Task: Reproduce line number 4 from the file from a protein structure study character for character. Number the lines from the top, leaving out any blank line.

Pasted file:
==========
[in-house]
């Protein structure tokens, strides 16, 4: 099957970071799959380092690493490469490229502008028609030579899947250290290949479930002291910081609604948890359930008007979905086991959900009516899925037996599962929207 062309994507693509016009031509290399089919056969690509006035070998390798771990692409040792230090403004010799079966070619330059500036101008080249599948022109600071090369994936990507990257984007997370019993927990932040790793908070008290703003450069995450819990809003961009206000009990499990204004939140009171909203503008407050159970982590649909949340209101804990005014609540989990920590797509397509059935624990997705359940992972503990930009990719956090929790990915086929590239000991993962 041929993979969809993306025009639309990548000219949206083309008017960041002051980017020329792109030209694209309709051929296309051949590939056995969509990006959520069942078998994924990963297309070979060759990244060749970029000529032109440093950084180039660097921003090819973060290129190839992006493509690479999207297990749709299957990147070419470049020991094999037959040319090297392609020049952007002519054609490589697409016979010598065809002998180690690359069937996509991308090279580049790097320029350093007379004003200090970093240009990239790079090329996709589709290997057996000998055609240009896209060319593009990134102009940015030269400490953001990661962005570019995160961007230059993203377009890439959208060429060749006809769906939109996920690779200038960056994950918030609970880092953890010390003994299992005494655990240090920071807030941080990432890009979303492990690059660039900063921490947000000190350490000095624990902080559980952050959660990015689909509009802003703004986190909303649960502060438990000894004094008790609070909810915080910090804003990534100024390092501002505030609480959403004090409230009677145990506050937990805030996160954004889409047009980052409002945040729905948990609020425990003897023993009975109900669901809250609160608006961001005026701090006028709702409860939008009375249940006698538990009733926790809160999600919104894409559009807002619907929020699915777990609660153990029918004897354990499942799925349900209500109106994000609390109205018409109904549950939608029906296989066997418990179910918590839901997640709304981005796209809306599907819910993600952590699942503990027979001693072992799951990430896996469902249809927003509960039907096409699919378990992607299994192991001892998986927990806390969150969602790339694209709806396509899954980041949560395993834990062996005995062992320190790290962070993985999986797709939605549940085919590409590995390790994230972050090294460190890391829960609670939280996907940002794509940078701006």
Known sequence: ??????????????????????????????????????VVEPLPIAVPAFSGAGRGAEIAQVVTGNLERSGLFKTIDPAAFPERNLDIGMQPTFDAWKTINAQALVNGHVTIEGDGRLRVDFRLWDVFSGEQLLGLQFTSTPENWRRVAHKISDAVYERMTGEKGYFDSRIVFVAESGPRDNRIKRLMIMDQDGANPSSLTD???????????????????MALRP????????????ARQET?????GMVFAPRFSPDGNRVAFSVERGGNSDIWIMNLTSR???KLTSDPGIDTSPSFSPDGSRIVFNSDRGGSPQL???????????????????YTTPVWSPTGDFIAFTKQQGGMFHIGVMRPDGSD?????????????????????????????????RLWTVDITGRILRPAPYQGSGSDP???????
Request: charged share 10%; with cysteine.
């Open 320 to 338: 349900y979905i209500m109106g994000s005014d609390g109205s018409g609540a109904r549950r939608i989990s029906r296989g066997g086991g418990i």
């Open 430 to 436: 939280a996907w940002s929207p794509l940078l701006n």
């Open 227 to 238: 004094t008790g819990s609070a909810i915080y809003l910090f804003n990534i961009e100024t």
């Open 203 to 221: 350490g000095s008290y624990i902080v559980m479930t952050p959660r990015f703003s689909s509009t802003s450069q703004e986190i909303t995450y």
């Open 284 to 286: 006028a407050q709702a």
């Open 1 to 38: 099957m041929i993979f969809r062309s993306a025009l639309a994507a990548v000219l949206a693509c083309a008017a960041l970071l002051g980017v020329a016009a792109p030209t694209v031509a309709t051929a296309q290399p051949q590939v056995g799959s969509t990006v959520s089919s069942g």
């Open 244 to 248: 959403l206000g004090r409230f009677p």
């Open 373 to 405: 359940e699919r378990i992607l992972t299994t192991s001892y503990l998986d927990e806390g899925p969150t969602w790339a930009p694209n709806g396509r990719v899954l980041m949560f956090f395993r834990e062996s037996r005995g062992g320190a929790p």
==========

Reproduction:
Request: charged share 10%; with cysteine.